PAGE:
▲ From left to right: Chung Dal-ho, Steve McKinney, Lee Sunhwa, Marsha Bogolin, Beverly von Zielonka, Han Hyo-keun, Harold Dale, Jr., Dean Brown. Photo courtesyJeju Special Self-Governing Province
Jeju Special Self-Governing Province’s Foreign Advisory Committee (FAC - Chairperson Chung Dal-ho) held a special session at the Jeju Forum 2013 on May 30 to gather community voices to discuss policy direction toward a Free International City.
The open session saw Room 6D packed as Jeju residents came to see the select panel of immigration experts debate immigration policy alongside local teachers and business people. English teacher Harold Dale, Jr., also on the panel, said there must be continued engagement between local government and the international community.
“We can’t measure success until we see actions - that is the real gauge,” said Dale. “After putting on all this fanfare...you’d like to believe they will [follow up on the discussion],” he added.
FAC member, Marsha Bogolin, Chair of Adapting to Jeju Society - and Chair for the session - was upbeat about Jeju’s current direction. Asked whether she believed communication was improving between provincial government and international residents, she said:
“At least there’s a place to bring our voices, views, and skills. Personally, being on FAC, I’ve met more people...keen to improve the connection between the Jeju people and international residents,” she said.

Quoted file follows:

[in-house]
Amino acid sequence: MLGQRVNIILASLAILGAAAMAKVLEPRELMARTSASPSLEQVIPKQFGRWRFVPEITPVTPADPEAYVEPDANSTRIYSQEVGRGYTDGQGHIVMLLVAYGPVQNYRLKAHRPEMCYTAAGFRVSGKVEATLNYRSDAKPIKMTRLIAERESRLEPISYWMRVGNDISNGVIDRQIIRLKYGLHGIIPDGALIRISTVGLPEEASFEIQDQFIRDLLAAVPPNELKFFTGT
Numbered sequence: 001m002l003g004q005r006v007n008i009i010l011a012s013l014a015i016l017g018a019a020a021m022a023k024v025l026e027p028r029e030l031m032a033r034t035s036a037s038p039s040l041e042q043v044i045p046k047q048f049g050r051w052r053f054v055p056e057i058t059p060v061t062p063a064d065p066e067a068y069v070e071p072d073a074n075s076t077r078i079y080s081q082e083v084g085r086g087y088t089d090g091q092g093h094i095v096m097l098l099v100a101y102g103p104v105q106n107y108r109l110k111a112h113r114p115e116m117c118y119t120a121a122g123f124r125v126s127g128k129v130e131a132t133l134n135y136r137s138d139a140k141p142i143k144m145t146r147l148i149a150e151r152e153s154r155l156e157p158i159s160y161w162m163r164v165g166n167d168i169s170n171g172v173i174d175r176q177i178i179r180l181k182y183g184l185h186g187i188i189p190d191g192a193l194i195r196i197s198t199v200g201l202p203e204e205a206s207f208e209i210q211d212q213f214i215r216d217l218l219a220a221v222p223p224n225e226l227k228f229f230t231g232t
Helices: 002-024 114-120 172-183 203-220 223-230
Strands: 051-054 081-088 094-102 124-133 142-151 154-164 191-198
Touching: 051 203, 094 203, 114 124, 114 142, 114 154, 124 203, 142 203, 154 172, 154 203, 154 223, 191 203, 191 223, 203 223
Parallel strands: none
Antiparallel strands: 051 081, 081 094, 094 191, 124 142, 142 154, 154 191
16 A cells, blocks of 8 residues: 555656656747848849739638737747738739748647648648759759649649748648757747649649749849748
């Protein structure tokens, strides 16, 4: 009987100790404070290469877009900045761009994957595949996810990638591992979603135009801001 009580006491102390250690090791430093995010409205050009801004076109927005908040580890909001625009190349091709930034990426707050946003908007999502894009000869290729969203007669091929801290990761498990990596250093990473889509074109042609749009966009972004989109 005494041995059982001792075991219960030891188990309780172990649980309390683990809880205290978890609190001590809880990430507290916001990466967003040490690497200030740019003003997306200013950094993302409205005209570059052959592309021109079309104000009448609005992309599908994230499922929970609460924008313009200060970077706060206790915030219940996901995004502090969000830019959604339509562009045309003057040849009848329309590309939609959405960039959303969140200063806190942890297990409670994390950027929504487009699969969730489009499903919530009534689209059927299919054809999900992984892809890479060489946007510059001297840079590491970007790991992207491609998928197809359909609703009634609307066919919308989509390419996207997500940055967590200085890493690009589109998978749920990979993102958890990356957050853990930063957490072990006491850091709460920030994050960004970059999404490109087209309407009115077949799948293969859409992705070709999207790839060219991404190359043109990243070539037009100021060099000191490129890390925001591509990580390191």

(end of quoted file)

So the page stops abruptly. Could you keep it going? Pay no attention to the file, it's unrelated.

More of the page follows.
The turnout was among the best for any of the side sessions at the Forum, as English teachers were encouraged by their schools to attend. One such teacher, Taylor Scaggs, felt that more events need to be open to ensure true engagement.
“I feel like maybe if they opened it up for more people [and had] more open forums [it] could possibly influence policy…there should definitely be more open discussion about this between all of us and the government.”
This was a perspective shared by others, particularly with regards to the representativeness of both the panel and the FAC members. FAC member and guesthouse owner, Dean Brown, felt local policy was not targeting the right demographic.
“It is geared towards the wealthier, Western population [but] what are they doing to engage the [migrant workers and international spouses] on this kind of level? Are they encouraging the Bangladeshi factory workers to [stay and invest] in Jeju? I don’t think so,” he said.
The session proceedings
For the panelists’ presentations, Han Hyo-keun, deputy director of International Organization for Migration (IOM) Migration Research and Training Center (MRTC), was first up to outline Korea’s 2nd Basic Plan for Immigration Policy. Han outlined the policy’s five core themes.
Openness - Supporting economic stimulus and attracting human resources
Integration - Social integration that respects shared Korean values;
Human rights - Preventing discrimination and respecting cultural diversity;
National security - The realization of a safe society for all Korean citizens and foreigners;
Cooperation - Promoting co-prosperity with the international community.